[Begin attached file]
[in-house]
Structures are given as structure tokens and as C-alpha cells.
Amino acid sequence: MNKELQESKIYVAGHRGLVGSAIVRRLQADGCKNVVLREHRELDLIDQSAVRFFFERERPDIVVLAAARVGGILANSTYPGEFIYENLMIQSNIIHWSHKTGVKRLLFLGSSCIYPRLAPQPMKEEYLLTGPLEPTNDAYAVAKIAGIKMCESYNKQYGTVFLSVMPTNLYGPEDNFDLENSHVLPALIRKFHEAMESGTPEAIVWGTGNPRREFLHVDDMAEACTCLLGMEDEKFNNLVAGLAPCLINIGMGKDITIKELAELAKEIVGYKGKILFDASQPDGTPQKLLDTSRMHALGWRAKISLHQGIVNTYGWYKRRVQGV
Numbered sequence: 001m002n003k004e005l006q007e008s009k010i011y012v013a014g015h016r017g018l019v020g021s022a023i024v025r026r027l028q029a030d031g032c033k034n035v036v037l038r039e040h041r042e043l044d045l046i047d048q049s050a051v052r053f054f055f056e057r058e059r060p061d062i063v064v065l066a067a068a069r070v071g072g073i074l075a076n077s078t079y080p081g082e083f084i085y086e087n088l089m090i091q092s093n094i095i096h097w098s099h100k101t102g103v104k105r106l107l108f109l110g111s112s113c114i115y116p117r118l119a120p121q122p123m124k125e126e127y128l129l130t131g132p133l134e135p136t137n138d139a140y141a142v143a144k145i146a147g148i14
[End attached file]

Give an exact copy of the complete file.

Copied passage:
[in-house]
Structures are given as structure tokens and as C-alpha cells.
Amino acid sequence: MNKELQESKIYVAGHRGLVGSAIVRRLQADGCKNVVLREHRELDLIDQSAVRFFFERERPDIVVLAAARVGGILANSTYPGEFIYENLMIQSNIIHWSHKTGVKRLLFLGSSCIYPRLAPQPMKEEYLLTGPLEPTNDAYAVAKIAGIKMCESYNKQYGTVFLSVMPTNLYGPEDNFDLENSHVLPALIRKFHEAMESGTPEAIVWGTGNPRREFLHVDDMAEACTCLLGMEDEKFNNLVAGLAPCLINIGMGKDITIKELAELAKEIVGYKGKILFDASQPDGTPQKLLDTSRMHALGWRAKISLHQGIVNTYGWYKRRVQGV
Numbered sequence: 001m002n003k004e005l006q007e008s009k010i011y012v013a014g015h016r017g018l019v020g021s022a023i024v025r026r027l028q029a030d031g032c033k034n035v036v037l038r039e040h041r042e043l044d045l046i047d048q049s050a051v052r053f054f055f056e057r058e059r060p061d062i063v064v065l066a067a068a069r070v071g072g073i074l075a076n077s078t079y080p081g082e083f084i085y086e087n088l089m090i091q092s093n094i095i096h097w098s099h100k101t102g103v104k105r106l107l108f109l110g111s112s113c114i115y116p117r118l119a120p121q122p123m124k125e126e127y128l129l130t131g132p133l134e135p136t137n138d139a140y141a142v143a144k145i146a147g148i14